The week of the Manifestos

This week we’ve seen the Liberal Democrats, Conservatives and Labour party unveil their 2024 election manifestos including their key pledges to the early years and childcare.  Here’s a summary.

Liberal Democrats key manifesto points published 10 June

Protect and support the rights and wellbeing of every child by:

  • Incorporating the UN Convention on the Rights of the Child into UK law.

Give parents genuine flexibility and choice in the crucial early months by:

  • Doubling Statutory Maternity and Shared Parental Pay to £350 a week.
  • Increasing pay for paternity leave to 90% of earnings, with a cap for high earners.

Ensure that all parents can access childcare that is flexible, affordable and fair by:

  • Reviewing the rates paid to providers for free hours to ensure they cover the actual costs of delivering high-quality childcare and early years education.
  • Developing a career strategy for nursery staff, including a training programme with the majority of those working with children aged two to four to have a relevant Early Years qualification or be working towards one.
  • Including a specific emphasis on identifying and supporting children with special educational needs and disabilities in the new training programme for early years staff.
  • Boosting the take-up of apprenticeships, including by guaranteeing they are paid at least the National Minimum Wage by scrapping the lower apprentice rate.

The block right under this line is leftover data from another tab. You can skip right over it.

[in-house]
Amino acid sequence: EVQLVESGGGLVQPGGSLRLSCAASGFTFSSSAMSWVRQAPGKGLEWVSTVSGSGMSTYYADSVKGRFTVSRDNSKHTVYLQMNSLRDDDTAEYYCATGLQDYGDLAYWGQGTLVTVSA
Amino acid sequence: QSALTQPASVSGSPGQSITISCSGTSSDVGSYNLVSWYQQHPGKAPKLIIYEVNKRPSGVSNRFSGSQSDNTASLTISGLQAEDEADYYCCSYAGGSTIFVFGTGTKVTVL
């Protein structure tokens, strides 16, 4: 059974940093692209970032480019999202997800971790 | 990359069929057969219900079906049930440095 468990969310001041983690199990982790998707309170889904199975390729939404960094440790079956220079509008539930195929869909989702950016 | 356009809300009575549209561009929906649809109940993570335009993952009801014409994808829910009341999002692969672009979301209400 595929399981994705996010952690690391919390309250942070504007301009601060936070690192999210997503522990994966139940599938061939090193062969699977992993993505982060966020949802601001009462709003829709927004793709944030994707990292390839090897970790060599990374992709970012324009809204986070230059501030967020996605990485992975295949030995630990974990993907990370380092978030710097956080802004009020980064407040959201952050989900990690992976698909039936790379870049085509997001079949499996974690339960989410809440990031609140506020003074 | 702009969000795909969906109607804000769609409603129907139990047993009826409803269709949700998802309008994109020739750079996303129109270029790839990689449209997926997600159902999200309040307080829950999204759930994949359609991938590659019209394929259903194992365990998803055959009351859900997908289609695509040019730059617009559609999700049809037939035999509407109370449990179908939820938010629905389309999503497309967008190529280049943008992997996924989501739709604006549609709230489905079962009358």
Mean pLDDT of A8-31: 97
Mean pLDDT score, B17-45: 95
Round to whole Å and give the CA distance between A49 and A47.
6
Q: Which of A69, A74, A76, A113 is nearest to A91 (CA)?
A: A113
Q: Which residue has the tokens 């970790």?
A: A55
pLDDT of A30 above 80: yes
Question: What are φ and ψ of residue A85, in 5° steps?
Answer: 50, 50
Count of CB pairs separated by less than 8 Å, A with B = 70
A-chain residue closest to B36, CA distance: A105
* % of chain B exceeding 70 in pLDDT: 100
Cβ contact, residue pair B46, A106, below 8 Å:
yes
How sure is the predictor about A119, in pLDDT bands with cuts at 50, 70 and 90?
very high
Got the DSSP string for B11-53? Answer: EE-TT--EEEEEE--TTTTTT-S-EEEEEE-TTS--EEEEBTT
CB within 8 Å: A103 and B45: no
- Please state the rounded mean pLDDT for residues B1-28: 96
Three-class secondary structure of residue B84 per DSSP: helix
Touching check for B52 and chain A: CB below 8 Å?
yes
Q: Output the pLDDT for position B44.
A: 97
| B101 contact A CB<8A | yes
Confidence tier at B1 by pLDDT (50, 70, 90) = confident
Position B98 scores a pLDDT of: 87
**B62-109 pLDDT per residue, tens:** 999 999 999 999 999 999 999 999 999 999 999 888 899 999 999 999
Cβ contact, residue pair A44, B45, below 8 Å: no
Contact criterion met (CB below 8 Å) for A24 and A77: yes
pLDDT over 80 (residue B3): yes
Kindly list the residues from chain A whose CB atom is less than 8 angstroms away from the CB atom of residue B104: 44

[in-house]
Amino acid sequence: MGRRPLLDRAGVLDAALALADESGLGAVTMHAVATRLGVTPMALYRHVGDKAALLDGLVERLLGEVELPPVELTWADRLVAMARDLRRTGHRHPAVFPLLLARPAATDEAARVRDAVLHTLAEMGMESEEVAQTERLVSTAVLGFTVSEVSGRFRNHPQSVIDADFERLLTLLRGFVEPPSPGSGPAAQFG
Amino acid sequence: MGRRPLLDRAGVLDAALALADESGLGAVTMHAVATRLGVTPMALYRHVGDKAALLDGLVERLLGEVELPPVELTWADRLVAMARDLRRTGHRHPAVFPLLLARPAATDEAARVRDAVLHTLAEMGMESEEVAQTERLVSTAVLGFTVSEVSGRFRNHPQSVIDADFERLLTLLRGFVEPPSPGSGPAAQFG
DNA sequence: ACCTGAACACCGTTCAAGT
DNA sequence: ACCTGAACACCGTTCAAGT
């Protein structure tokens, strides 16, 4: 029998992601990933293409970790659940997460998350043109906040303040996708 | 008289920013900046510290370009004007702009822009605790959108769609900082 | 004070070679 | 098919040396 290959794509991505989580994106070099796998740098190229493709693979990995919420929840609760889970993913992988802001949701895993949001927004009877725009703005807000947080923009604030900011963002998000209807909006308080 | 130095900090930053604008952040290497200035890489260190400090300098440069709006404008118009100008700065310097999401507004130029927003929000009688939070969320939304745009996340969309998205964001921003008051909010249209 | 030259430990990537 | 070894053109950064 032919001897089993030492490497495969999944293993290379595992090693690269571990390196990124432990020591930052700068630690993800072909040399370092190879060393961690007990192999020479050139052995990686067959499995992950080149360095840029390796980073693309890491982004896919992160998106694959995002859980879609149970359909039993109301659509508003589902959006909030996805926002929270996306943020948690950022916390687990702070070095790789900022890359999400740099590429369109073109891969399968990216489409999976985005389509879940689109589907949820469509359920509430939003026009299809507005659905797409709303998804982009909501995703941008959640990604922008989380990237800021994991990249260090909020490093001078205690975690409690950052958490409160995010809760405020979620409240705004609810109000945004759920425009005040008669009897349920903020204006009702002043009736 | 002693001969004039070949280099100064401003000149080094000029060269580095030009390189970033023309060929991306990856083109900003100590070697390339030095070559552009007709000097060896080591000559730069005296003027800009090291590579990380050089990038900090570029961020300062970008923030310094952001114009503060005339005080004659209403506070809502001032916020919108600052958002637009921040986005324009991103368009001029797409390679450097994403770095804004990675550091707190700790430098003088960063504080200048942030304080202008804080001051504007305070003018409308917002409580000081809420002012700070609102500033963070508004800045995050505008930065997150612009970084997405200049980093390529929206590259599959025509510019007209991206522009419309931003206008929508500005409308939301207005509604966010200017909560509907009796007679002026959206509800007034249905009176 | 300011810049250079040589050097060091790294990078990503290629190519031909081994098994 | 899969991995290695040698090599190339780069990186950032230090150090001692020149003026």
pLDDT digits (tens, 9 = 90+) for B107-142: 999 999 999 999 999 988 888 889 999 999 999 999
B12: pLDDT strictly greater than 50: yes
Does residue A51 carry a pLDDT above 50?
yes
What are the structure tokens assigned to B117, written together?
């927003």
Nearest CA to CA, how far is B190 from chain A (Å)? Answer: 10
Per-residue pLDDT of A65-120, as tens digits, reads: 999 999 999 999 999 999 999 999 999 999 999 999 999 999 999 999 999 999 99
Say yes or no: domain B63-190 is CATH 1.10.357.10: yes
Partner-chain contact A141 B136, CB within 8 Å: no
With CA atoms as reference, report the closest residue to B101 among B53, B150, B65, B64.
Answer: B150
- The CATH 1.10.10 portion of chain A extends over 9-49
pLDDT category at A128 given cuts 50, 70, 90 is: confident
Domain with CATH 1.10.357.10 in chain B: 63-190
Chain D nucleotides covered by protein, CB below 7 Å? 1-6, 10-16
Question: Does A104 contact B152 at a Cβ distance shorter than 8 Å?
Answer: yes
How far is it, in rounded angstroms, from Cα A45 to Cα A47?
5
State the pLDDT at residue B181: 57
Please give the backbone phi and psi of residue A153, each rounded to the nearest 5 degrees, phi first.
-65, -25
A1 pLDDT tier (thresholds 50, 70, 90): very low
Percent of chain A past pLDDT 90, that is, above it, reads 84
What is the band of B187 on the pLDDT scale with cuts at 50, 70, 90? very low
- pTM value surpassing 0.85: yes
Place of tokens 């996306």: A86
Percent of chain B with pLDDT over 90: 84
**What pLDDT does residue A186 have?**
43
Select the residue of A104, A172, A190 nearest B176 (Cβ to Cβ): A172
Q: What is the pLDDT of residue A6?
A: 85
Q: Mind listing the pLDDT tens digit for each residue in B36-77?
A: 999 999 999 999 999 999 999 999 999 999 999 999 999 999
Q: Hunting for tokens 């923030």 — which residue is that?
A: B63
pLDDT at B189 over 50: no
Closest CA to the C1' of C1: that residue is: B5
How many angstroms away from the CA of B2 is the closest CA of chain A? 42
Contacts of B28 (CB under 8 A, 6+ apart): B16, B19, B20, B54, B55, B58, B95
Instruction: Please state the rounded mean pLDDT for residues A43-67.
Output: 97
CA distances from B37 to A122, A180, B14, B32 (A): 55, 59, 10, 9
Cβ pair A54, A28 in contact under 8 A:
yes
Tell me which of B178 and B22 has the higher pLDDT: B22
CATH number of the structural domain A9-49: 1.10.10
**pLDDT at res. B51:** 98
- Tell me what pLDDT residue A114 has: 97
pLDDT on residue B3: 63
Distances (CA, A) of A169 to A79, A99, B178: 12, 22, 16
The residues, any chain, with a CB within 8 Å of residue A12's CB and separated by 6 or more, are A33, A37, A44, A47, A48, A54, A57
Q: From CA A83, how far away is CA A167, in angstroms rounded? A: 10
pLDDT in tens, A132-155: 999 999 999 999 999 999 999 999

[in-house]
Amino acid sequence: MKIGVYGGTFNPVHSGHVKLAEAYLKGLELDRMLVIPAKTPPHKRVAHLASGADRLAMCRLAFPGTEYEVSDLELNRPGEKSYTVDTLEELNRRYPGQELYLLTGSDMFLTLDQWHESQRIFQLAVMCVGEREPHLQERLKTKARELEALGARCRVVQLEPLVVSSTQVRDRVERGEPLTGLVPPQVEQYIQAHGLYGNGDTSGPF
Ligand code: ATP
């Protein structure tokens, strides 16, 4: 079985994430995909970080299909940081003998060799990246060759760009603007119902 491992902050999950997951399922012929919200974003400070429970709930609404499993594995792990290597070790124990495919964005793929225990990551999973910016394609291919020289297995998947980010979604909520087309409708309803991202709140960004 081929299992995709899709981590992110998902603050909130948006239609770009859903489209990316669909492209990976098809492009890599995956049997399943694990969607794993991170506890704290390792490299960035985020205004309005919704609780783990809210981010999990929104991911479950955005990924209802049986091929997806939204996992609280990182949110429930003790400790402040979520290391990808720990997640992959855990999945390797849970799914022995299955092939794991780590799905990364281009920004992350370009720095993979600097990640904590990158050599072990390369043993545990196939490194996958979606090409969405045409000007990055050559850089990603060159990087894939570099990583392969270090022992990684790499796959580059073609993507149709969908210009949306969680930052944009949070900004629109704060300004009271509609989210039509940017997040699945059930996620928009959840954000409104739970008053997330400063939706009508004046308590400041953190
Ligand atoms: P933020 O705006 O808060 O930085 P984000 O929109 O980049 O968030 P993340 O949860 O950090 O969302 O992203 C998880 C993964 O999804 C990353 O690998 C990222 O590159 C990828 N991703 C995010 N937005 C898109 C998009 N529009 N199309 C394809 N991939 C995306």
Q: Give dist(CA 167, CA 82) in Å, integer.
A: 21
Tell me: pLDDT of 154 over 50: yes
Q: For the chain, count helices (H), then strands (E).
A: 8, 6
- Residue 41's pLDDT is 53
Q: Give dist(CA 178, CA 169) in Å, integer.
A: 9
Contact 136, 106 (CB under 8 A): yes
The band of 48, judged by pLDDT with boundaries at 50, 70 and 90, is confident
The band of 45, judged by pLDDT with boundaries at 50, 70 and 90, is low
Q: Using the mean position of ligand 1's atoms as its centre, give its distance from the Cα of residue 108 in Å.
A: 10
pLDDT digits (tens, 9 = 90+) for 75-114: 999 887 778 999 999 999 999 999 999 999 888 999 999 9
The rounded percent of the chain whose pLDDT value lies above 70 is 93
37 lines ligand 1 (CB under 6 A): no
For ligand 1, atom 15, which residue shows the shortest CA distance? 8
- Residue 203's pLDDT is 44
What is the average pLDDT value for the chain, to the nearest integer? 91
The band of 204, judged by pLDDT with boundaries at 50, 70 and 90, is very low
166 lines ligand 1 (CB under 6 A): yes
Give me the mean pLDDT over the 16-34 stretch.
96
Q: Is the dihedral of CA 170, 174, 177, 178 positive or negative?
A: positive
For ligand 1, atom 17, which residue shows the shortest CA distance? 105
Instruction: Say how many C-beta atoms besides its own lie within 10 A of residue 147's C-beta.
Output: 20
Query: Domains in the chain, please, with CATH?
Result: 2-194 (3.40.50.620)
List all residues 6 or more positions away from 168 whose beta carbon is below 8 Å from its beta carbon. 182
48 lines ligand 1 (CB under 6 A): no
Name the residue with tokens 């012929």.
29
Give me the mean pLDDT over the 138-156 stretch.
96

• Replacing the three different current registration processes with a single childcare register.
  • Commissioning a practitioner-led review to simplify regulation, reduce administrative burdens and attract new childminders while maintaining high standards.

Purnima Tanuku OBE, Chief Executive of National Day Nurseries Association (NDNA) said: “It’s good to see the manifesto incorporates the UNCRC and is putting children first.

“We are particularly encouraged that some of the Liberal Democrat policy pledges reiterate the messages we have been giving out to all political parties. This includes the importance of high quality early education and care and a clear long-term workforce strategy to support the profession and raise its status.”

Conservative Party key points from the manifesto published 11 June

  • Give working parents 30 hours of free childcare a week from when their child is nine months old to when they start school.
  • A Family Hub in every local authority in England.
  • Accelerate the rollout of Universal Credit to ensure it always pays to work.
  • Introduce the Advanced British Standard, a new approach to 16-19 education which will build on the best of A Levels and T Levels.
  • Create 100,000 more apprenticeships in England in every year of Parliament.
  • Change the law to close university courses in England with the worst outcomes for their students.
  • Take 2p off employee National Insurance.
  • Maintain the National Living Wage in each year of the next Parliament at two-thirds of median earnings.
  • Continue to ease the burden of business rates for high street, leisure and hospitality businesses.
  • Keep the VAT threshold under review.